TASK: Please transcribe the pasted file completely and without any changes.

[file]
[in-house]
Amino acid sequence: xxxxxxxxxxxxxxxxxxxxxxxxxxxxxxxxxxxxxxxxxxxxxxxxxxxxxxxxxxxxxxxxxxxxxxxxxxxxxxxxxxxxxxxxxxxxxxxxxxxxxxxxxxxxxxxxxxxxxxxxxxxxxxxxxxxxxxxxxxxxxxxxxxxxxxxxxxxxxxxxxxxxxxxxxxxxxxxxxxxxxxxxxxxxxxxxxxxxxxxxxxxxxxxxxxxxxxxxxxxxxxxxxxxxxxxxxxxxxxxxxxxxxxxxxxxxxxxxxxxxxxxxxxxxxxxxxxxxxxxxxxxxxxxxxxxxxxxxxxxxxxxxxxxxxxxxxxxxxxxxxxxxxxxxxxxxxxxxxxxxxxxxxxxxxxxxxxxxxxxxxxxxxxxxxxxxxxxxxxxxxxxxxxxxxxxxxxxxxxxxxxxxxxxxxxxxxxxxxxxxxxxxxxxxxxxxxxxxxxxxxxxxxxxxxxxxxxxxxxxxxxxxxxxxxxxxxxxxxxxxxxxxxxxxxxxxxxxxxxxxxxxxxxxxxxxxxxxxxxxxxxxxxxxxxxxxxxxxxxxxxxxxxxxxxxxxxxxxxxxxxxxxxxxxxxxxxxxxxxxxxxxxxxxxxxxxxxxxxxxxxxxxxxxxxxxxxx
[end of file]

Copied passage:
[in-house]
Amino acid sequence: xxxxxxxxxxxxxxxxxxxxxxxxxxxxxxxxxxxxxxxxxxxxxxxxxxxxxxxxxxxxxxxxxxxxxxxxxxxxxxxxxxxxxxxxxxxxxxxxxxxxxxxxxxxxxxxxxxxxxxxxxxxxxxxxxxxxxxxxxxxxxxxxxxxxxxxxxxxxxxxxxxxxxxxxxxxxxxxxxxxxxxxxxxxxxxxxxxxxxxxxxxxxxxxxxxxxxxxxxxxxxxxxxxxxxxxxxxxxxxxxxxxxxxxxxxxxxxxxxxxxxxxxxxxxxxxxxxxxxxxxxxxxxxxxxxxxxxxxxxxxxxxxxxxxxxxxxxxxxxxxxxxxxxxxxxxxxxxxxxxxxxxxxxxxxxxxxxxxxxxxxxxxxxxxxxxxxxxxxxxxxxxxxxxxxxxxxxxxxxxxxxxxxxxxxxxxxxxxxxxxxxxxxxxxxxxxxxxxxxxxxxxxxxxxxxxxxxxxxxxxxxxxxxxxxxxxxxxxxxxxxxxxxxxxxxxxxxxxxxxxxxxxxxxxxxxxxxxxxxxxxxxxxxxxxxxxxxxxxxxxxxxxxxxxxxxxxxxxxxxxxxxxxxxxxxxxxxxxxxxxxxxxxxxxxxxxxxxxxxxxxxxxxxxxxxxxxx